As Californians continue to shelter in place, many are heeding the call of the great outdoors, especially with spring weather. But how do you do so safely, and still maintain social distancing?
Q: Is it safe for us to be spending time outdoors during this pandemic?
A: Yes, it’s okay to be outside. One of the great things about being outside is that the virus is more quickly diluted and so less infectious than inside, where air volume is more limited. In winter, we have more transmission of respiratory viruses because people are crowded together inside. As long as we maintain a distance from people who may be potentially infectious, there should be low risk of infection.
Q: What are some basic ground rules for spending time outside?
A: We definitely don’t want to be crowding onto the beaches as we have seen many people do. Social distancing is key. Make sure you are up to date on state and local regulations during COVID-19. Do you need to wear masks outdoors? Are local parks closed? These may be different, county by county. The U.S. Centers for Disease Control and Prevention (CDC) does not recommend using playgrounds or water playgrounds. And now also is not the time to play any contact sports.
Q: How much distance should we stay away from others while outside?
A: COVID-19 is primarily transmitted via the respiratory route through droplet transmission. These are relatively large droplets so when you cough or sneeze, they fall to the ground. They are heavy enough that gravity takes over and aren’t suspended in the air. Generally, these droplets will travel about three feet. With a forceful cough or sneeze or a powerful wind, maybe they will go as far as six feet. If you stay greater than six feet apart from others, the virus is highly unlikely to be transmitted through droplet.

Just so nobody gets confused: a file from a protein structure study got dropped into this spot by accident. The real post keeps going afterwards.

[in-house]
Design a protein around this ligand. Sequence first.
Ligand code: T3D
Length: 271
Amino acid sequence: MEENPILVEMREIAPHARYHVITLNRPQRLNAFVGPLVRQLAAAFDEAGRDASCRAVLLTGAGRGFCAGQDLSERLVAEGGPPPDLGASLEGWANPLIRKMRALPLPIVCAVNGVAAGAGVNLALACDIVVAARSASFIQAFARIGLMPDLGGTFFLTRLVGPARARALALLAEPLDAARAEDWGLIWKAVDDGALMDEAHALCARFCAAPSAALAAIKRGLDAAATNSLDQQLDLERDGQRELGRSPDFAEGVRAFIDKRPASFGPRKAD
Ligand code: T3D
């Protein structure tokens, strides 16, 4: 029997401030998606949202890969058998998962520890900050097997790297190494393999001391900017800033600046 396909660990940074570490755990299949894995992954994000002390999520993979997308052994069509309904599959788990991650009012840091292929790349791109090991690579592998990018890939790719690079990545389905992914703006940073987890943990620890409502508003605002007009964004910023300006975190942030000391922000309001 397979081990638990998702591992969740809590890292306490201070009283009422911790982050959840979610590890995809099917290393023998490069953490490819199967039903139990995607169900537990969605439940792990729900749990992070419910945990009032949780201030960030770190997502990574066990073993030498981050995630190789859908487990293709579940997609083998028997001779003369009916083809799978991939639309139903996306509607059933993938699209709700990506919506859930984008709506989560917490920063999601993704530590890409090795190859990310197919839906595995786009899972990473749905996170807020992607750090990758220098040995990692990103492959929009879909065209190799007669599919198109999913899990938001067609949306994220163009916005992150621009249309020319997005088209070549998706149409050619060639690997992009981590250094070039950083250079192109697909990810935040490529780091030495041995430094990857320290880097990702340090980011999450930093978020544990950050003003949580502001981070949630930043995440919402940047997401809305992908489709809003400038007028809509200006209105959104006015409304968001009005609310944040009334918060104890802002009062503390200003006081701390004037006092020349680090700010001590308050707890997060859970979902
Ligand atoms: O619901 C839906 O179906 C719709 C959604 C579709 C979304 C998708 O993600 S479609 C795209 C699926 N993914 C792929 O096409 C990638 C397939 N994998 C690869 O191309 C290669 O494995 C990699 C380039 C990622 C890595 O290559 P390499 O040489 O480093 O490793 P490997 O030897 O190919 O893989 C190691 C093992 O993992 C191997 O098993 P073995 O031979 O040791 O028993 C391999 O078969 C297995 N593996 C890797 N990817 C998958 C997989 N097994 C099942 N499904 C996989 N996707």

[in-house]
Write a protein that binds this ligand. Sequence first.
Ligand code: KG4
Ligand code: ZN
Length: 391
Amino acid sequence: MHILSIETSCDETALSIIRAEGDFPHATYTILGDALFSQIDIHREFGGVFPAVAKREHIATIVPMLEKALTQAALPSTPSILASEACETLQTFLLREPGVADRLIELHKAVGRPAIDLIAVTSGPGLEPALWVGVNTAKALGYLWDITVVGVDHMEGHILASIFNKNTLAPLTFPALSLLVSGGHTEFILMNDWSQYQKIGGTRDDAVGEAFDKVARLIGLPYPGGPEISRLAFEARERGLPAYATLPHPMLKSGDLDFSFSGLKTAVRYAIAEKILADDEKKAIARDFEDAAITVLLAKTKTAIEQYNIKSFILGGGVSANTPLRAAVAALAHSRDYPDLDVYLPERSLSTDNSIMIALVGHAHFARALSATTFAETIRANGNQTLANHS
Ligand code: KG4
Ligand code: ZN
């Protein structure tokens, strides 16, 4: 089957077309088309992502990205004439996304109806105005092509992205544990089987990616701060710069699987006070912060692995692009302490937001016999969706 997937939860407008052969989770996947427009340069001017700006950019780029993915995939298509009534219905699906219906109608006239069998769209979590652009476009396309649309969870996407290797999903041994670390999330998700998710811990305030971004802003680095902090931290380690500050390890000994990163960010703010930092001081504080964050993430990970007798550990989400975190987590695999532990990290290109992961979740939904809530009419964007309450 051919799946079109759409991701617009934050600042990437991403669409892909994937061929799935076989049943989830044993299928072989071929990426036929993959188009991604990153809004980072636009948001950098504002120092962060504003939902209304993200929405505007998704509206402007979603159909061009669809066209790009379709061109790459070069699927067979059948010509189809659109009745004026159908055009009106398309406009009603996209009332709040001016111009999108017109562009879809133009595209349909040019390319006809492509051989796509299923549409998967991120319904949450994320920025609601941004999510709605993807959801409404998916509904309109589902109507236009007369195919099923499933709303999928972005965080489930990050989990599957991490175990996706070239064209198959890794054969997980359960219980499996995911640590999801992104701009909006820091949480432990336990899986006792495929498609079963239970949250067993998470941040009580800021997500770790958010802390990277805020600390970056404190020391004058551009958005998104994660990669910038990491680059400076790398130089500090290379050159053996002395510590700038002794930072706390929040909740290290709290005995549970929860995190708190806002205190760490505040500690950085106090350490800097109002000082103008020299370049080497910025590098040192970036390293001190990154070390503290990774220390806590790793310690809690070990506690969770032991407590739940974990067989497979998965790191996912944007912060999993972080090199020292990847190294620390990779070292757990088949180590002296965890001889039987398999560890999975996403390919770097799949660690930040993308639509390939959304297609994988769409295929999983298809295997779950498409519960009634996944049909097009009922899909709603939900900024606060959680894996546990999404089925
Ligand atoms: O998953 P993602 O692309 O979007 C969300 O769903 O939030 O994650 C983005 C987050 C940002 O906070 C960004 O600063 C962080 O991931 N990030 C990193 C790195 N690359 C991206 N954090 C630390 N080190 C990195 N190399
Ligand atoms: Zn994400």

COVID-19 can also be transmitted by contact. If you contaminate a surface by coughing or sneezing on it, that will be potentially infectious to others who touch it. After touching park benches, for example, you will want to wash hands afterwards and ensure you don’t touch your face.
Q: What are your recommendations for runners?
A: When I am on the bike trail and see someone coming toward me on my side, I cross over to the other side to maintain that six feet of distance when passing. If there are some areas that are narrow, you should judge when it is best to cross over to maintain that distance.
One of the benefits of being on the bike trail is that people using it are generally healthy. You aren’t going to have disease symptoms like coughing or sneezing and then go running (hopefully!). That being said, it doesn’t mean that a virus can’t be transmitted when symptoms are not present. There can be asymptomatic transfer that occurs even just by speaking, so it’s best to maintain that six feet of separation.